So many times in my life I have wanted a face-to-face talk with God. Now is one of those times. I want to say, “Tell me, please tell me: How am I doing? I am bored! My energy is LOW. What is this all about? Life, love, relationships, work, creativity…. WHAT IS IT ALL ABOUT?”
One of the first times I clearly remember wanting to talk with God, I was still quite young. (I suspect I often felt that way as a child. And maybe I did talk with God then. Maybe I named God Bradshaw. For sure, Bradshaw and I talked a lot! And no one else knew about or saw Bradshaw but me.) Anyway, the time I am remembering right now was when I was a young mother of 4, lived in a suburb of a medium sized town in mid-Michigan, was wearing a red, white and blue cotton sleeveless bib coverall summer one piece outfit I felt grand in then and shudder about now. It was night. My children’s father was not home. I ran out into the front yard (I may have had a glass of wine, I don’t really remember) and looked at the star loaded sky: Millions of stars. I shook my fist, screwed up my face, squinted my eyes in an evil eye glare, wiggled my nose and shouting for all the neighbours and god himself to hear, “I KNOW you are a male god, because if you were a woman you would have the guts to come down here and TALK TO ME.”
Help me make sense out of what feels like craziness. Or maybe what it really feels like is worthlessness. Or self-created, unnecessary, self-indulgent, useless, mindless pain.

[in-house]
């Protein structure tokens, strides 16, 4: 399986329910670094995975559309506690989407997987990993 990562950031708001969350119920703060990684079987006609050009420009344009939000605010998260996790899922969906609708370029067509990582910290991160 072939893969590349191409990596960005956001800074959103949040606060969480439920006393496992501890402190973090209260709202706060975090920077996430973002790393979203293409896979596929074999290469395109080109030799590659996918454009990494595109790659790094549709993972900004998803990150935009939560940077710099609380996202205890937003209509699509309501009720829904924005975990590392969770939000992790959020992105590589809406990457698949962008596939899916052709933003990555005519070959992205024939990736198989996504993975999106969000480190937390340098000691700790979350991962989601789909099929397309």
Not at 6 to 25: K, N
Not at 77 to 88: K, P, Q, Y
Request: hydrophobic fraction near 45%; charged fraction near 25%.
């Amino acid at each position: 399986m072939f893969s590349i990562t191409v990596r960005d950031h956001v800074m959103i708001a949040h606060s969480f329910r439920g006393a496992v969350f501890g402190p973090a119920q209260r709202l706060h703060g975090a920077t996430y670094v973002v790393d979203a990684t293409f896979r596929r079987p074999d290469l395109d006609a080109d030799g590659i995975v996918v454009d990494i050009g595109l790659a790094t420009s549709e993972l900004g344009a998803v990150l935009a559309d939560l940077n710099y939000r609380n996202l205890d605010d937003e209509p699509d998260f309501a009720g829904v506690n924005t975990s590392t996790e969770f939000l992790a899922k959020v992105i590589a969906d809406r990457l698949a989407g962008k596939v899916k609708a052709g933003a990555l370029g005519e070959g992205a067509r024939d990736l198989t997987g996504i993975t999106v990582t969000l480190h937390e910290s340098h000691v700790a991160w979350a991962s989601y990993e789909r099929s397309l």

I believe, if we have any sense at all, as we become nearer to 100 years of age than we are to 50 years of age, (as am I!), we begin to look back, ask questions, answer questions, grieve, celebrate, frown, laugh at ourselves, and seek closure. It amazes me to realize this process, if made visible, might be considered suicidal. WOW. I sometimes go deep down into the dark cave of solitude and angst. And I often times come up dishevelled and disoriented. But I always know I am coming back up. I love the sunshine.
I think this is the journey of life. We don’t really have to suffer. But we don’t always know that. So we suffer profoundly, find our way back, and upon our return have hopefully grown some. If we were as smart as adults as we were when we first got here, we would set aside the suffering and only see and know the joy and love. Somewhere early on we got our innocence taken away by those older and supposedly wiser. And in the moment of lost innocence we learned to suffer and we forgot to trust and to have faith that life can be good and it can be safe. We have a lot to relearn as adults. Children who know they are safe also know how to laugh. Our job as adults is to remember what we have known all along.